A series of hunting scenes dating from 7,000 years ago have been found by archaeologists on the six-metre long wall of a small cave in the region of Vilafranca in Castellón, eastern Spain—but it is being kept a secret for now.
A layer of dust and dirt covered ten figures, including bulls, two archers and a goat. The murals were exposed to harsh weather but the paintings pigments have not seriously deteriorated.
A cave painting of a bull, with colours accentuated by archaeologists
Inés Domingo Sanz, a research professor at the University of Barcelona, and Dídac Román, a research associate (archaeology) at the University of Toulouse II Le Mirail and University of Valencia, discovered the site while undertaking government-sponsored research into another excavation area in the region. Sanz says that “some of the [painting] details are unique [and unlike anything] across the entire Mediterranean Basin”. A planned publication will throw light on the rare archaeological find.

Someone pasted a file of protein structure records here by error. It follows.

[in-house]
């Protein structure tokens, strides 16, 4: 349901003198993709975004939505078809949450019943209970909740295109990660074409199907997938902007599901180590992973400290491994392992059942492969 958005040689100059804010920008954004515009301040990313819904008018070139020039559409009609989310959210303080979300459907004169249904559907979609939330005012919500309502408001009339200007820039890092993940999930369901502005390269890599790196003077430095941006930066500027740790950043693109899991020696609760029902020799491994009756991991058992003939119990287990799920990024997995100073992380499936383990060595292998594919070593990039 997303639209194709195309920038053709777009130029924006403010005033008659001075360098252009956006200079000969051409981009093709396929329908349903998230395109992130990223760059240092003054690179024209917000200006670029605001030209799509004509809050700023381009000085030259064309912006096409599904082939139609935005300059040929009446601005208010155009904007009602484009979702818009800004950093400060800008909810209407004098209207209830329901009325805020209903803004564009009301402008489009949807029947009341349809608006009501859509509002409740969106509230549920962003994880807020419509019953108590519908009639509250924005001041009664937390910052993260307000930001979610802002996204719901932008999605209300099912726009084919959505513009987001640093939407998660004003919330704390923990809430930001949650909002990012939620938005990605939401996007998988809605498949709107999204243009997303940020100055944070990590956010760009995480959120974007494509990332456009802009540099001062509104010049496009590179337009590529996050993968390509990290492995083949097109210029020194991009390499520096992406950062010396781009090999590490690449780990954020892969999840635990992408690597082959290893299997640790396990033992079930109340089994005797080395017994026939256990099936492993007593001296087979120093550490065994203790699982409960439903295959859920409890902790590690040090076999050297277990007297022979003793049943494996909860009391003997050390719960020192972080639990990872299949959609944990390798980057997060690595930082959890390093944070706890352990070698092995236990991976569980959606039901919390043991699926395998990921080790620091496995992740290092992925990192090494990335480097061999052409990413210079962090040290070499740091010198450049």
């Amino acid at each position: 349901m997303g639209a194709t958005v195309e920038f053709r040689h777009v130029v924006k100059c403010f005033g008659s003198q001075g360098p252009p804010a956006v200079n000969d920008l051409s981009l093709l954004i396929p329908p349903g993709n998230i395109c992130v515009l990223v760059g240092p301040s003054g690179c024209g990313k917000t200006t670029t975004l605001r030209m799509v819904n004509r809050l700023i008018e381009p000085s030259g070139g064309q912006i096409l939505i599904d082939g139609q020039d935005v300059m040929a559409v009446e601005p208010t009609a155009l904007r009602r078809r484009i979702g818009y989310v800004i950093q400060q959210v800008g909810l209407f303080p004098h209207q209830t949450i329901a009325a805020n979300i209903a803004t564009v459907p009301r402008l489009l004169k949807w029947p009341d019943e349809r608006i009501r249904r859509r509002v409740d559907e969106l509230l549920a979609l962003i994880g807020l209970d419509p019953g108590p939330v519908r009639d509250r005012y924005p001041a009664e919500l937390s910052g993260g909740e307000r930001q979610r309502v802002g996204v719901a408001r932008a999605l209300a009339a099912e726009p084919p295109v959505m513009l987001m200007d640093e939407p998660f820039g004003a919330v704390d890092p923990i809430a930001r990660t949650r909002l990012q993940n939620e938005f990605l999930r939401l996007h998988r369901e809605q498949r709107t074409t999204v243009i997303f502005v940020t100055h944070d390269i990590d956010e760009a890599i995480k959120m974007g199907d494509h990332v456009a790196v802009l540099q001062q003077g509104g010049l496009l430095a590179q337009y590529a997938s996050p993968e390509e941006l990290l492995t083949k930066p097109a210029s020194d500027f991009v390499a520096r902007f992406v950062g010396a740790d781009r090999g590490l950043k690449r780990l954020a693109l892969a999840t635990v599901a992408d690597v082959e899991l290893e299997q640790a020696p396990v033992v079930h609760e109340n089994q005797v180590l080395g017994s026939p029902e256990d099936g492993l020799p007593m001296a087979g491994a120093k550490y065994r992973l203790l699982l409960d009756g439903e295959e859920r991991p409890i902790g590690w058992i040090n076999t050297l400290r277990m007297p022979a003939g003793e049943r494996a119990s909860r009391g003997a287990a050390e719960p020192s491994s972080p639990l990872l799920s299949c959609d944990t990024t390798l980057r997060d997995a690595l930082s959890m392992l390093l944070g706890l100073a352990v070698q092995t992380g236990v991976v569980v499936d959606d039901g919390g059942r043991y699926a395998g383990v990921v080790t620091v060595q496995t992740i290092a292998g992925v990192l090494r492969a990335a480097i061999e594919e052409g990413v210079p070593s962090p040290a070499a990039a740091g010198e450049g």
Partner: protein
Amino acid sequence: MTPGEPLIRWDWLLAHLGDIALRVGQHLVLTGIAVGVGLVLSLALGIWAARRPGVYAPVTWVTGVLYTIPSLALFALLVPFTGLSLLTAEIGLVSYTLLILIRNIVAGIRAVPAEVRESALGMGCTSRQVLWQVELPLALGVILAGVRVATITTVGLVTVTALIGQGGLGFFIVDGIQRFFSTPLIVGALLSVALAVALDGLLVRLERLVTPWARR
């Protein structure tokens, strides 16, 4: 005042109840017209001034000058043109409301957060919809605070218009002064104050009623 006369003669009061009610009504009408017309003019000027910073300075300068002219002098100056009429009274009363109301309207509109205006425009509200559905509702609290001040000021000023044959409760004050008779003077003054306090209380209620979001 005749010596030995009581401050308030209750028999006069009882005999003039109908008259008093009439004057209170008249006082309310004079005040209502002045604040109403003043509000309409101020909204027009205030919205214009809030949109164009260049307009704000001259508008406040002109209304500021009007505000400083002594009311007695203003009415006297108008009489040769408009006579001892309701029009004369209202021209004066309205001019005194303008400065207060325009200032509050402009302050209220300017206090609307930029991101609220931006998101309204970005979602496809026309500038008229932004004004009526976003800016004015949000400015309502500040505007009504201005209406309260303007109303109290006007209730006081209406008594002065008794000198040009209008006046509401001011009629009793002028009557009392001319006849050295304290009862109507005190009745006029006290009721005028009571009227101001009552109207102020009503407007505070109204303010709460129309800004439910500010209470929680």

A painting of an archer
The cave was discovered in November 2013 but its location will only be revealed once security measures are in place, after vandals defaced a 5,000-year-old rock painting in Spain’s southern Jaén province in April.